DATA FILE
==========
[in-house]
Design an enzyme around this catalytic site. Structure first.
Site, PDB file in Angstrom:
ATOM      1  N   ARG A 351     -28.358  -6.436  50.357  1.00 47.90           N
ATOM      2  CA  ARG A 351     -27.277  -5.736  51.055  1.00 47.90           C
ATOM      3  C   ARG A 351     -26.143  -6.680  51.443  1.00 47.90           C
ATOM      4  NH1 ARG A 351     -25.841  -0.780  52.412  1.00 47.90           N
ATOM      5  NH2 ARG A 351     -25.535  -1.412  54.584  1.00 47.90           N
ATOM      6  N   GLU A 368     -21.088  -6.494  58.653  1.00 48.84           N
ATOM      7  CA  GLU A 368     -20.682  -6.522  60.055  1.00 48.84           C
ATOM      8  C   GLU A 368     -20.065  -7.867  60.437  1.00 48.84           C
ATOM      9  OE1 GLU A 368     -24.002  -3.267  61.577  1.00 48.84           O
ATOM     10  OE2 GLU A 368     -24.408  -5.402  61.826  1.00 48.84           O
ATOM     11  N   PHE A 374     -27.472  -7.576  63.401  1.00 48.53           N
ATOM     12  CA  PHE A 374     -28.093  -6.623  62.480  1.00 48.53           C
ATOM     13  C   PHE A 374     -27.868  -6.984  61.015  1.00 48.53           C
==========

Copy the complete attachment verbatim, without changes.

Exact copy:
[in-house]
Design an enzyme around this catalytic site. Structure first.
Site, PDB file in Angstrom:
ATOM      1  N   ARG A 351     -28.358  -6.436  50.357  1.00 47.90           N
ATOM      2  CA  ARG A 351     -27.277  -5.736  51.055  1.00 47.90           C
ATOM      3  C   ARG A 351     -26.143  -6.680  51.443  1.00 47.90           C
ATOM      4  NH1 ARG A 351     -25.841  -0.780  52.412  1.00 47.90           N
ATOM      5  NH2 ARG A 351     -25.535  -1.412  54.584  1.00 47.90           N
ATOM      6  N   GLU A 368     -21.088  -6.494  58.653  1.00 48.84           N
ATOM      7  CA  GLU A 368     -20.682  -6.522  60.055  1.00 48.84           C
ATOM      8  C   GLU A 368     -20.065  -7.867  60.437  1.00 48.84           C
ATOM      9  OE1 GLU A 368     -24.002  -3.267  61.577  1.00 48.84           O
ATOM     10  OE2 GLU A 368     -24.408  -5.402  61.826  1.00 48.84           O
ATOM     11  N   PHE A 374     -27.472  -7.576  63.401  1.00 48.53           N
ATOM     12  CA  PHE A 374     -28.093  -6.623  62.480  1.00 48.53           C
ATOM     13  C   PHE A 374     -27.868  -6.984  61.015  1.00 48.53           C